In 2016, the district's Metropolitan Police Department tallied 135 homicides, a 53% increase from 2012 but a 17% decrease from 2015.
However, incidents of robberies and thefts have remained higher in these areas because of increased nightlife activity and greater numbers of affluent residents.
Even still, citywide reports of both property and violent crimes have declined by nearly half since their most recent highs in the mid-1990s.
On June 26, 2008, the Supreme Court of the United States held in District of Columbia v. Heller that the city's 1976 handgun ban violated the right to keep and bear arms as protected under the Second Amendment.
However, the ruling does not prohibit all forms of gun control; laws requiring firearm registration remain in place, as does the city's assault weapon ban.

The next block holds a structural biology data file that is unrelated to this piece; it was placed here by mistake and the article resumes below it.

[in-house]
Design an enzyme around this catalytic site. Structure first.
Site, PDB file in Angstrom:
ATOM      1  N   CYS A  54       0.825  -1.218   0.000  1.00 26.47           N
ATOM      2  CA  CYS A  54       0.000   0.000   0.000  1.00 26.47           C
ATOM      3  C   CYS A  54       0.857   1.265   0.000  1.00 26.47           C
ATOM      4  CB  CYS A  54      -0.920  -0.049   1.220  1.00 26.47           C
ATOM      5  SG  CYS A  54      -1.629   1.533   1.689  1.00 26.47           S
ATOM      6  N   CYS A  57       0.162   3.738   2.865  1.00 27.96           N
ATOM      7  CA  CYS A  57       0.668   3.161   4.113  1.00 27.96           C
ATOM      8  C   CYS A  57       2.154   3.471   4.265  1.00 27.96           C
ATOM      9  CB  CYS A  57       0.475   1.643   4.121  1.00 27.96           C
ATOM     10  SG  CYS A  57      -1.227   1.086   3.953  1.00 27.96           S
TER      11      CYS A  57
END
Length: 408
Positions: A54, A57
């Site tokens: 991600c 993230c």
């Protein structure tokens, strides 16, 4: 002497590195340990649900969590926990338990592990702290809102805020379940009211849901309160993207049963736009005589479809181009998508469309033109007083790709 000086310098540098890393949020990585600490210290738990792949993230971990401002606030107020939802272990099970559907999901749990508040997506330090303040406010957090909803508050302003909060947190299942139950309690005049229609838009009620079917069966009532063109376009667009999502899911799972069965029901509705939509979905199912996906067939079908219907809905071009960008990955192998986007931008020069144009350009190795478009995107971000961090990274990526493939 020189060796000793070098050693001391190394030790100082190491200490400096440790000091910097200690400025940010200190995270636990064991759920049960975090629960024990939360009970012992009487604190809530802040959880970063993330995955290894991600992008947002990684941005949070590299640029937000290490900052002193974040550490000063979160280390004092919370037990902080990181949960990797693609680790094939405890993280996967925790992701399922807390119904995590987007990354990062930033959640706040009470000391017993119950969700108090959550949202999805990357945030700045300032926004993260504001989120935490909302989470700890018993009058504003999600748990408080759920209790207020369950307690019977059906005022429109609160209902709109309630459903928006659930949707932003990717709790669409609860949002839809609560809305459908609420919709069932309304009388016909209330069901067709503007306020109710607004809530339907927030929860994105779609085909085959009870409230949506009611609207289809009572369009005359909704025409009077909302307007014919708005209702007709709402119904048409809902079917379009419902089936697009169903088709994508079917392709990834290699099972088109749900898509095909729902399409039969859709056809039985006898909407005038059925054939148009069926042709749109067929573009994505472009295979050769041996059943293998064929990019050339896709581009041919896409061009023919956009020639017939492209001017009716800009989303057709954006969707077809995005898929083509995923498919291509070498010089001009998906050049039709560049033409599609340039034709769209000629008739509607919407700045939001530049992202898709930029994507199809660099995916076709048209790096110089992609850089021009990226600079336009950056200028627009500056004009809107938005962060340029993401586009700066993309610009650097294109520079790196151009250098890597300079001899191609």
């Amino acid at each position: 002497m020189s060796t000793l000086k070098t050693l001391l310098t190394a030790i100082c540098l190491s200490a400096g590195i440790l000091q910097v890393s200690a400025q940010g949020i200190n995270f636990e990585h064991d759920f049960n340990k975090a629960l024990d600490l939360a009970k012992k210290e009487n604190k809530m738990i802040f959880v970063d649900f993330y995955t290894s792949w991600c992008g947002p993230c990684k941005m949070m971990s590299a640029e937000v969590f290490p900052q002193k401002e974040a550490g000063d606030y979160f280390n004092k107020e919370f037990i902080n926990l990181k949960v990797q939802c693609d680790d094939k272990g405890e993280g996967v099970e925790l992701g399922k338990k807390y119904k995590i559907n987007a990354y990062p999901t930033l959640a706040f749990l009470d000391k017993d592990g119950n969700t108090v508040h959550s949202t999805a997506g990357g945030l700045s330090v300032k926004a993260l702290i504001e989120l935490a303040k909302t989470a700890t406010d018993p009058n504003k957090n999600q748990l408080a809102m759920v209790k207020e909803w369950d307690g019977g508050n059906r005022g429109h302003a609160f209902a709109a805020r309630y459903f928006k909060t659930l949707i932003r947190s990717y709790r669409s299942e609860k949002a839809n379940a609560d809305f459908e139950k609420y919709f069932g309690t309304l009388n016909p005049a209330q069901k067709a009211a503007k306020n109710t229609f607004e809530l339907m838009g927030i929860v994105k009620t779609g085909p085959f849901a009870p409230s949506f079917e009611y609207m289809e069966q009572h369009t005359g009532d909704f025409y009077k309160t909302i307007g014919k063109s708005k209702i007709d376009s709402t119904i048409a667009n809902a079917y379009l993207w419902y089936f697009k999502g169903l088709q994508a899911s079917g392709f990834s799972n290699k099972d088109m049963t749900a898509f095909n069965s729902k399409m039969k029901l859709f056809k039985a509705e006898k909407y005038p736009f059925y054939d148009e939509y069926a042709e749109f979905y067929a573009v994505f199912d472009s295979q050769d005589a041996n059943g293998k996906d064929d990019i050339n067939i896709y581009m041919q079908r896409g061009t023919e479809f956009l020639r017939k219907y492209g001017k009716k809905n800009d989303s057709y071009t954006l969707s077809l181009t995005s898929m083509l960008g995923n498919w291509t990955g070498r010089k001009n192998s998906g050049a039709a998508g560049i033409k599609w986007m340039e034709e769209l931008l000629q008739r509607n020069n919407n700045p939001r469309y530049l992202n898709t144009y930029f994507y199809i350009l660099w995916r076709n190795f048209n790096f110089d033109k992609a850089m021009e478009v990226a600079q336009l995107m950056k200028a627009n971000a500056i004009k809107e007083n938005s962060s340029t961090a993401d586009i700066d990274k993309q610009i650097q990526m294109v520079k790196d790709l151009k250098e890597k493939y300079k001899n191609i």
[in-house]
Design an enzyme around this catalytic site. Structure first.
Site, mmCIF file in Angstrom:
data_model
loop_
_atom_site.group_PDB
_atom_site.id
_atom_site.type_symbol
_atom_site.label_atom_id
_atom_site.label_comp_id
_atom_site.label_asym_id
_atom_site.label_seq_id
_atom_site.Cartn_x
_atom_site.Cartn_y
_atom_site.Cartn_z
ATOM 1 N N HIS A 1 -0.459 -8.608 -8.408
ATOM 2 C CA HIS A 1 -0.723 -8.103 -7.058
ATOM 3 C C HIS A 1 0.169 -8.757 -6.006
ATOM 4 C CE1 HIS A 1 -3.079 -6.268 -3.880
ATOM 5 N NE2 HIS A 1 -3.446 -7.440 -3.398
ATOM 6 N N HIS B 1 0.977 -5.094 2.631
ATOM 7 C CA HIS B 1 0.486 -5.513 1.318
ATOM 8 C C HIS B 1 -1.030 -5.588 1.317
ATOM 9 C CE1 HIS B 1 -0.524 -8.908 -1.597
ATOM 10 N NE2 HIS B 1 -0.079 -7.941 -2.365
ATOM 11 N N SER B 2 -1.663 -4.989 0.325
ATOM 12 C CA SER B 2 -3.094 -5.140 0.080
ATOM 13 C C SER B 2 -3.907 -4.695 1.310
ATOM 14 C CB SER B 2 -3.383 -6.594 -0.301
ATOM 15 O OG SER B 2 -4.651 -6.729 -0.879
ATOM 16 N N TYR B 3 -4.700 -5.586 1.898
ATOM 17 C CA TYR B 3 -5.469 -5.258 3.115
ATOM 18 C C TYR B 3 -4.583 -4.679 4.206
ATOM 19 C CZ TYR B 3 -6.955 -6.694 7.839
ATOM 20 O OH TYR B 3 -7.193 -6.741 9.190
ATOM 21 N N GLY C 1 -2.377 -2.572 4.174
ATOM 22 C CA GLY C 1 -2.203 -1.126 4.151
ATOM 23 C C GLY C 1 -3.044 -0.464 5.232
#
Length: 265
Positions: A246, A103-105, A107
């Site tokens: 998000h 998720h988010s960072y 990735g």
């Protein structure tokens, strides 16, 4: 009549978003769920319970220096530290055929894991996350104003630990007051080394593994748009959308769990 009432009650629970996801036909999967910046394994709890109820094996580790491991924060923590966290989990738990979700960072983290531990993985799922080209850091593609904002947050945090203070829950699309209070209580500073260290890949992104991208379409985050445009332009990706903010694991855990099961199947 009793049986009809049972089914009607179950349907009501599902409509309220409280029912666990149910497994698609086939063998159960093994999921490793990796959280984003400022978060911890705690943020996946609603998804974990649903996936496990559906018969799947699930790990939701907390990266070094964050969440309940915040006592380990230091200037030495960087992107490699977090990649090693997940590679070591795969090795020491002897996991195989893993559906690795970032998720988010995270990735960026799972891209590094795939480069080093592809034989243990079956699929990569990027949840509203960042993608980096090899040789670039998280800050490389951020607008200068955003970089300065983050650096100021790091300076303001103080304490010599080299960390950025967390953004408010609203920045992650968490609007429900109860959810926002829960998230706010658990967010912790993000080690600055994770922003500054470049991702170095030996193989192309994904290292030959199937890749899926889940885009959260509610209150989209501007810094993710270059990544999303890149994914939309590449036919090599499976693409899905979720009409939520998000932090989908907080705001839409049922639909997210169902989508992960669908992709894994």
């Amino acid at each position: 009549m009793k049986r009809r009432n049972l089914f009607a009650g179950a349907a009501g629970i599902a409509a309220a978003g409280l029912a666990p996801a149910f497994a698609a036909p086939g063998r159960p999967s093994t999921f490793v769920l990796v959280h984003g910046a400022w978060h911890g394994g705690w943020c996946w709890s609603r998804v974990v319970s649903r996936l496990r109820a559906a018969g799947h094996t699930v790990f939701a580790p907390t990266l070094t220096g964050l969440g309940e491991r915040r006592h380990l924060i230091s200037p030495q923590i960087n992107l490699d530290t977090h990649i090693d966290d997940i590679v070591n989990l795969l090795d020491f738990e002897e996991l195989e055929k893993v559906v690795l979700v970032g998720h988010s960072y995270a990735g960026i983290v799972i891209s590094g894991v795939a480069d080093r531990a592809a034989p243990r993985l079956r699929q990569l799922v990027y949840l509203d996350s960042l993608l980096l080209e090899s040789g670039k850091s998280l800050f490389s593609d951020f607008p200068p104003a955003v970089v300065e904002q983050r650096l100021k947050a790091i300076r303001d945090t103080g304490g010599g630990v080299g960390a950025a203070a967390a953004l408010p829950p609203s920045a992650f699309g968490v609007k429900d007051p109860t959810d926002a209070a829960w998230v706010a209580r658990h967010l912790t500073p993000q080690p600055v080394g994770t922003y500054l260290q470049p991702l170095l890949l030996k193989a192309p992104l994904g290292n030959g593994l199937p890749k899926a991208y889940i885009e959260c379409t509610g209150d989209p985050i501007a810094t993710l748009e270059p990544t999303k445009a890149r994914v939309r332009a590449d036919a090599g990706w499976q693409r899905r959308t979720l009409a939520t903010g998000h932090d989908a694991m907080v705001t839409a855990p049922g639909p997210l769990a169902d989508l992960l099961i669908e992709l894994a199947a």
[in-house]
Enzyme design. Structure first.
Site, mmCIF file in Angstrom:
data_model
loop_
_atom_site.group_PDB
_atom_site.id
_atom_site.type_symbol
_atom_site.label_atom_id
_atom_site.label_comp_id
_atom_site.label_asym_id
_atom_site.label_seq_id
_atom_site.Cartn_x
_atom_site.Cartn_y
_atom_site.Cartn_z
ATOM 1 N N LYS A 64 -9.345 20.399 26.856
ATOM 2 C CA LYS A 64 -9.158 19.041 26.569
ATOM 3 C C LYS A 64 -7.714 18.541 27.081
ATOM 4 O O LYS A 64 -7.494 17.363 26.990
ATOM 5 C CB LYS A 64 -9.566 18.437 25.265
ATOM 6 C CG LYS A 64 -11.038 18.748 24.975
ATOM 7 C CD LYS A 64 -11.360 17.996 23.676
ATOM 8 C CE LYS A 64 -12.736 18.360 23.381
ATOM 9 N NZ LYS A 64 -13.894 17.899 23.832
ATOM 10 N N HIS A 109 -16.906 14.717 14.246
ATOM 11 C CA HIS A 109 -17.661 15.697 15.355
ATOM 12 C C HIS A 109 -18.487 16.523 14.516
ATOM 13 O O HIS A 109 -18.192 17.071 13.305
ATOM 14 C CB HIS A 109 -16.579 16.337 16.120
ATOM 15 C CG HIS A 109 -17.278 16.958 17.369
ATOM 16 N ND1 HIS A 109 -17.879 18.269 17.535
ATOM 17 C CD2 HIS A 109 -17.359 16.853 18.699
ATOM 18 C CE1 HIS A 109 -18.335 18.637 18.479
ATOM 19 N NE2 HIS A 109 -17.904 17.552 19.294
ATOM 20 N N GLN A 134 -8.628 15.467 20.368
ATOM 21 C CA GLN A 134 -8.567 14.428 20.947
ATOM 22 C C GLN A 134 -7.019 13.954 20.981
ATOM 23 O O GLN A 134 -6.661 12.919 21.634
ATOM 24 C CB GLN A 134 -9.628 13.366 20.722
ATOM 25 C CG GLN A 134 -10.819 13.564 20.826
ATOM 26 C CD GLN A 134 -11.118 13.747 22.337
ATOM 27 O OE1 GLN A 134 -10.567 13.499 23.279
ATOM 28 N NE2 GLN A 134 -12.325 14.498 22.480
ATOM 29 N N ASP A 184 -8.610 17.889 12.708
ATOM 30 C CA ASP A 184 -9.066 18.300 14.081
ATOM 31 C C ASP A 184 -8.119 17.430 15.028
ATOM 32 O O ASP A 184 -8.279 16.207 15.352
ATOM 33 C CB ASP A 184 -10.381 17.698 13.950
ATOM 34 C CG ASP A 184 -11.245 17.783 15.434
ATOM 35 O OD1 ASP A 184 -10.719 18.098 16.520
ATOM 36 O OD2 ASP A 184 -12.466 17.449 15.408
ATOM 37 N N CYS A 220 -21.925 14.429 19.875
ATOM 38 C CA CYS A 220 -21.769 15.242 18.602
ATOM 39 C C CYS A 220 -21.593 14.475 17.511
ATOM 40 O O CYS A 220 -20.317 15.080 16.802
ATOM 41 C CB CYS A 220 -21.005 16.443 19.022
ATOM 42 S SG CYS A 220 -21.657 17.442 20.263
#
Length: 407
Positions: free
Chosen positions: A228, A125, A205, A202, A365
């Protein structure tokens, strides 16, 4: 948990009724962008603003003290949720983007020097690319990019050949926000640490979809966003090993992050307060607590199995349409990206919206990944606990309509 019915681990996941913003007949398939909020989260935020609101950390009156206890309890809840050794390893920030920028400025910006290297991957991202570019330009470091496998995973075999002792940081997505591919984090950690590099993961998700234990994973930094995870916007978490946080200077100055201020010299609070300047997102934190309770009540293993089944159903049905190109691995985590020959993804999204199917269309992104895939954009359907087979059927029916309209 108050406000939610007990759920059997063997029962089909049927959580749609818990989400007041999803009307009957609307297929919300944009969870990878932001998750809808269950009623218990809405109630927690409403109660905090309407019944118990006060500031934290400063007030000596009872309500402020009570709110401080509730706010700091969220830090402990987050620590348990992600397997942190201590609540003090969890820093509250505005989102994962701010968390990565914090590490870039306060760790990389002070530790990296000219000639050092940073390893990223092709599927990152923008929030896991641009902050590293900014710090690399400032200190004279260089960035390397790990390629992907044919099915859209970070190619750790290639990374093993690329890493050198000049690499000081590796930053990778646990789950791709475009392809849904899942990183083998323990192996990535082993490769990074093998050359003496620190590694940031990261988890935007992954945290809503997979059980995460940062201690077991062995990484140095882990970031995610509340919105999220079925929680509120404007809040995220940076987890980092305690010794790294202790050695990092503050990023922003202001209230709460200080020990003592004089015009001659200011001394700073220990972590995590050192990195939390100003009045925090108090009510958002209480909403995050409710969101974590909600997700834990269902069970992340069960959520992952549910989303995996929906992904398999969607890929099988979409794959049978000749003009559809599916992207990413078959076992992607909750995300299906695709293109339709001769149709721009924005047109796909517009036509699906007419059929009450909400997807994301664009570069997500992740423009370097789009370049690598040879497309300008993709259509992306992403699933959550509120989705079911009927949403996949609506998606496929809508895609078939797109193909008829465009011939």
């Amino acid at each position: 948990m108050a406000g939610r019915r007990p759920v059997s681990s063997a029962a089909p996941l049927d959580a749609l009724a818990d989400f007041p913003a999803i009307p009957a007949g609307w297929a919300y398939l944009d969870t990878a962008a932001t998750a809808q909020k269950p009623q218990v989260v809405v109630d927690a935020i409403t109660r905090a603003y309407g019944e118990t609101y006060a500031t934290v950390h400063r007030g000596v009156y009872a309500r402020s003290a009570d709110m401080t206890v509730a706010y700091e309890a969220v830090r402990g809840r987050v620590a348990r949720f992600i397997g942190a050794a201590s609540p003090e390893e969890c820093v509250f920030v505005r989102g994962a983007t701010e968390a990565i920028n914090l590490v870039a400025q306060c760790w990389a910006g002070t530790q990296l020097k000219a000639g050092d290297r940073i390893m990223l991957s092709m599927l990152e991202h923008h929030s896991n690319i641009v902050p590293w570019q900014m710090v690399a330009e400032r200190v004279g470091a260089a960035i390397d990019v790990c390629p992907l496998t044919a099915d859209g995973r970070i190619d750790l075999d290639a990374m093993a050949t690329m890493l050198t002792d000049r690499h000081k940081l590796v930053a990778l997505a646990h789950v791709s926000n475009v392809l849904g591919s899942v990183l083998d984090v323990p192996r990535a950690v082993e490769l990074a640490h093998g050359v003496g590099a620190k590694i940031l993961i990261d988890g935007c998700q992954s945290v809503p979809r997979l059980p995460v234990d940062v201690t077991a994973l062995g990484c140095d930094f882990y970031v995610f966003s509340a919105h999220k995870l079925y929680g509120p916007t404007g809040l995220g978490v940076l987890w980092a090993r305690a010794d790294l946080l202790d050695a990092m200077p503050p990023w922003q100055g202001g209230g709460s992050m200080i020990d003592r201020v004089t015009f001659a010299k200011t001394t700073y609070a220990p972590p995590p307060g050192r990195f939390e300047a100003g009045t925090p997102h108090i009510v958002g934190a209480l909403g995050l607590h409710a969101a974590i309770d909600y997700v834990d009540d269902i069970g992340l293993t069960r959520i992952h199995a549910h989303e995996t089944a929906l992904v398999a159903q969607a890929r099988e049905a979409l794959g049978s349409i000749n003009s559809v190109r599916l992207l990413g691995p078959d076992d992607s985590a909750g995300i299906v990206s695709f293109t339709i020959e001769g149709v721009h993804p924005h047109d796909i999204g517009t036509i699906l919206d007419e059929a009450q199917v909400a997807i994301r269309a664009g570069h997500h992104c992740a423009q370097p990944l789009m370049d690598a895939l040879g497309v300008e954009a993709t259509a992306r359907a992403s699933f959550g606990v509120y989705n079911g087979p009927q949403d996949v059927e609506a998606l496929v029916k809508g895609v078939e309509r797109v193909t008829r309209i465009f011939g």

Washington has a growing, diversified economy with an increasing percentage of professional and business service jobs.
The district's gross state product in 2018-Q2 was $141 billion.
The Washington Metropolitan Area's gross product was $435 billion in 2014, making it the sixth-largest metropolitan economy in the United States.
Between 2009 and 2016, GDP per capita in Washington has consistently ranked on the very top among U.S. states.
In 2016, at $160,472, its GDP per capita is almost three times as high as that of Massachusetts, which was ranked second in the nation.
As of 2011, the Washington Metropolitan Area had an unemployment rate of 6.2%; the second-lowest rate among the 49 largest metro areas in the nation.
The District of Columbia itself had an unemployment rate of 9.8% during the same time period.